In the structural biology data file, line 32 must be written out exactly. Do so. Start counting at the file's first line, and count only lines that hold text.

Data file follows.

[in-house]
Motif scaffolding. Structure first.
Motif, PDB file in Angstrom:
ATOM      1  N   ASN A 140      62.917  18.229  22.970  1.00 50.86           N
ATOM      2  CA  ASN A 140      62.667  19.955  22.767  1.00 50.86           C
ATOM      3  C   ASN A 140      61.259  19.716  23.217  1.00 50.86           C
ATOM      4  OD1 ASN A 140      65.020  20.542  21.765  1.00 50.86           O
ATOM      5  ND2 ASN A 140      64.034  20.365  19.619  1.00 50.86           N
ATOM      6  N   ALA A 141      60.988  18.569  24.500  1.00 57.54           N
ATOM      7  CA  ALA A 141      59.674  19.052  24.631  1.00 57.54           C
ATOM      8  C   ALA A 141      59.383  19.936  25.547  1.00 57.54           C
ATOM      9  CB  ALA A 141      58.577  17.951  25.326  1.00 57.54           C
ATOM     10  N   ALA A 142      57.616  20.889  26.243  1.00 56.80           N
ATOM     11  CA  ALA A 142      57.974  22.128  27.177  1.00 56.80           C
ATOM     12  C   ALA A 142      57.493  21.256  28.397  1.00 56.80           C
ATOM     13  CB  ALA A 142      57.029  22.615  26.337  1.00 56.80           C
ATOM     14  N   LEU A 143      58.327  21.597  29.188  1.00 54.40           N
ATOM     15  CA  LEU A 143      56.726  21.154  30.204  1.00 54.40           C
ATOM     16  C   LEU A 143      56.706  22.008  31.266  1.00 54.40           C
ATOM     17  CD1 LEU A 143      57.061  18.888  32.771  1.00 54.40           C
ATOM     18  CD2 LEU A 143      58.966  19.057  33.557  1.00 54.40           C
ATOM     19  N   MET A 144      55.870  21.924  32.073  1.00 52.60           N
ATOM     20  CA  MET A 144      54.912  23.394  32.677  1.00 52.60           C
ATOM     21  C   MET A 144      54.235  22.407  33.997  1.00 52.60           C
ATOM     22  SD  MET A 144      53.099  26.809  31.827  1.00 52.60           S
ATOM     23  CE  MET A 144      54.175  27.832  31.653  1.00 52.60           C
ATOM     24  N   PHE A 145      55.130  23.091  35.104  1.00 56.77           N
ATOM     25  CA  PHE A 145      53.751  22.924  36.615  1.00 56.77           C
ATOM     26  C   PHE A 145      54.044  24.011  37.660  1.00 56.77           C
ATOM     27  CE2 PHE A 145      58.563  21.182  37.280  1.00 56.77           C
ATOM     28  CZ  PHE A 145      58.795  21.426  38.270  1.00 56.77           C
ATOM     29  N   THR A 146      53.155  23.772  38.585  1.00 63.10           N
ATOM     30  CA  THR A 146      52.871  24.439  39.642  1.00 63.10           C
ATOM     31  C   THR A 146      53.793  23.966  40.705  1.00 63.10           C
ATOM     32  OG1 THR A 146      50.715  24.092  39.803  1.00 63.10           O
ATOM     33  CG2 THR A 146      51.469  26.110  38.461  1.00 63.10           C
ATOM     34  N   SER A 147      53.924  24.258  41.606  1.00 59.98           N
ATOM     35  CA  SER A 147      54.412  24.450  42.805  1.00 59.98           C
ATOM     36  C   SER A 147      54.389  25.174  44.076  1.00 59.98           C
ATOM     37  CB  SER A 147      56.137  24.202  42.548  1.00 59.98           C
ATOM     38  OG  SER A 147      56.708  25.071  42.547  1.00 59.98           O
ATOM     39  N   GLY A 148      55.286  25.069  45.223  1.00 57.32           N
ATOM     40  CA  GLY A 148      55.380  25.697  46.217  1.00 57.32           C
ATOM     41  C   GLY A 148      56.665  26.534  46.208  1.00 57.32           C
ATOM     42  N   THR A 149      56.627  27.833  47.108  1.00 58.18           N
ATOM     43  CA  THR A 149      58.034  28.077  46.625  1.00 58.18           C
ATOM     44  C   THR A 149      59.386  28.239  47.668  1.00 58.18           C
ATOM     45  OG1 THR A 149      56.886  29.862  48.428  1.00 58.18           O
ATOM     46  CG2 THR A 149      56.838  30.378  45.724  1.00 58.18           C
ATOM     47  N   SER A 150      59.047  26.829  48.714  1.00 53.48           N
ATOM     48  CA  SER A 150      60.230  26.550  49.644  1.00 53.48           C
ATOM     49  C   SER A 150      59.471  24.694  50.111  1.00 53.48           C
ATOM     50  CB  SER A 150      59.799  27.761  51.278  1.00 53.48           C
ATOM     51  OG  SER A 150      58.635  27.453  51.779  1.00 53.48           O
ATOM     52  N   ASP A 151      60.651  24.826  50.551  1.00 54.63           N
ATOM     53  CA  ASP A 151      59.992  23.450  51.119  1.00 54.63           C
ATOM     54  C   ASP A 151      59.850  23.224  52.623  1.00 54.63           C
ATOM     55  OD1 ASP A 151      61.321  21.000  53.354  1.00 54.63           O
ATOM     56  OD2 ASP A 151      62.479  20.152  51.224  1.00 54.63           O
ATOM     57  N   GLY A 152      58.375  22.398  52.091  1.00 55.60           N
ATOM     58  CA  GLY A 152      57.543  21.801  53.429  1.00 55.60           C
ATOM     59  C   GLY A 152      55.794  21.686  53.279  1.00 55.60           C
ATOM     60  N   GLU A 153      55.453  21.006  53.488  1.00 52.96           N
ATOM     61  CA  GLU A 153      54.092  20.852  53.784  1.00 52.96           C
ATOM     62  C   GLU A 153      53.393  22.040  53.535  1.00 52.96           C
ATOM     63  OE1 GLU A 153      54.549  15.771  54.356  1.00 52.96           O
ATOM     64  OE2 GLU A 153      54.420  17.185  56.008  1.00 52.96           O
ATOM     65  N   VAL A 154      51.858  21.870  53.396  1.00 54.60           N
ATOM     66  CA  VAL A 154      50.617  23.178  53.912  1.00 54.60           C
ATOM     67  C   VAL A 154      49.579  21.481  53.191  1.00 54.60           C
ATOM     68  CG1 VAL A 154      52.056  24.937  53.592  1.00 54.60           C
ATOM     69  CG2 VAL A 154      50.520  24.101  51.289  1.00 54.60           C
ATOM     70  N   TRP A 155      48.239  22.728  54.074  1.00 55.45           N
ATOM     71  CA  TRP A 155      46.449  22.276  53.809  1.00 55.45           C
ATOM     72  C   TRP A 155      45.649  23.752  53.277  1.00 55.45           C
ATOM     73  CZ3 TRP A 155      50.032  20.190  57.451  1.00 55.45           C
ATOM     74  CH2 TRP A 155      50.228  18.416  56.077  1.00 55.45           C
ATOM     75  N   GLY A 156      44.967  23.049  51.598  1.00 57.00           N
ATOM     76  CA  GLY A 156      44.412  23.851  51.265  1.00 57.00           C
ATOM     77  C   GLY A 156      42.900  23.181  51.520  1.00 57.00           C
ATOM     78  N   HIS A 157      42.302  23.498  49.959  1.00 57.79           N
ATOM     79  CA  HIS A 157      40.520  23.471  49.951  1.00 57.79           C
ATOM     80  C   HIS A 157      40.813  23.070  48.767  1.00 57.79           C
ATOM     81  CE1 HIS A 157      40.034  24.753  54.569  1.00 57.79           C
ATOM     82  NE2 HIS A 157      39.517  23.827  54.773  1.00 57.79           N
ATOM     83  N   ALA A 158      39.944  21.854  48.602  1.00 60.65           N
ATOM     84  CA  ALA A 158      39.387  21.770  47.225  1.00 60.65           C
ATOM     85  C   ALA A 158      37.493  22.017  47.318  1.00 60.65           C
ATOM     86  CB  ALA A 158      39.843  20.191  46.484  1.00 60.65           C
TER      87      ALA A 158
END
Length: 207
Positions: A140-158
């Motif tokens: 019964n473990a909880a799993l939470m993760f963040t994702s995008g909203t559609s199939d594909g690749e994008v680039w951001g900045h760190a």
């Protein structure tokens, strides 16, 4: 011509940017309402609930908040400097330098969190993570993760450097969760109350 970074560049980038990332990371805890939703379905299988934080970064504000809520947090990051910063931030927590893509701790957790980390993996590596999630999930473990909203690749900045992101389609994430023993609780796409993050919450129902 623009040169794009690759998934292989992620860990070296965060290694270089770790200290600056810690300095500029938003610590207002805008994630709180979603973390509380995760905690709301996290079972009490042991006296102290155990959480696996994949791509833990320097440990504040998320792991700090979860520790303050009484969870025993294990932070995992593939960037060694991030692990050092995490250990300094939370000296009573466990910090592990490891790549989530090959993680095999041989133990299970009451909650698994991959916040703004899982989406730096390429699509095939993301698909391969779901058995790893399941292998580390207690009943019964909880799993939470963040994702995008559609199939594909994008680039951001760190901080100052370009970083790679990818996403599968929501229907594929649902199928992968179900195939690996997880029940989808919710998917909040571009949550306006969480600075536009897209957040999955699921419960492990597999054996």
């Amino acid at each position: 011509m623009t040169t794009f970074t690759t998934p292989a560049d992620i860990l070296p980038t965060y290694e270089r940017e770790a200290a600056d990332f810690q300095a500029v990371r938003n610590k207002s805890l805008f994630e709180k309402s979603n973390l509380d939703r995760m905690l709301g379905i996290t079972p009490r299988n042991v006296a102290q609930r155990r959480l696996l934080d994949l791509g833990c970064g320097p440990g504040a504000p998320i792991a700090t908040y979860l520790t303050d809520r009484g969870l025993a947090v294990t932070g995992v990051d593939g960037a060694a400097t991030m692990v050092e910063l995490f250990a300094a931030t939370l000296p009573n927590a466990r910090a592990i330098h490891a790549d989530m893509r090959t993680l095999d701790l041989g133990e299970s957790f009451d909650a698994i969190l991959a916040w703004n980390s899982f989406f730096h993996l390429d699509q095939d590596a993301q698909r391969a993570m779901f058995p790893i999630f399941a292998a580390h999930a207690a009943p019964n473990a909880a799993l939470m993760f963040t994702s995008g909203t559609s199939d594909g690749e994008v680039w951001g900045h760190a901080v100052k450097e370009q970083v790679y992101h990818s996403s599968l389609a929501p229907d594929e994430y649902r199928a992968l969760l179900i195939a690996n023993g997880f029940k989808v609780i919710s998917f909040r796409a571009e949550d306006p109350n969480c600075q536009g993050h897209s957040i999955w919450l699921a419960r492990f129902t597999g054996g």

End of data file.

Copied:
ATOM     29  N   THR A 146      53.155  23.772  38.585  1.00 63.10           N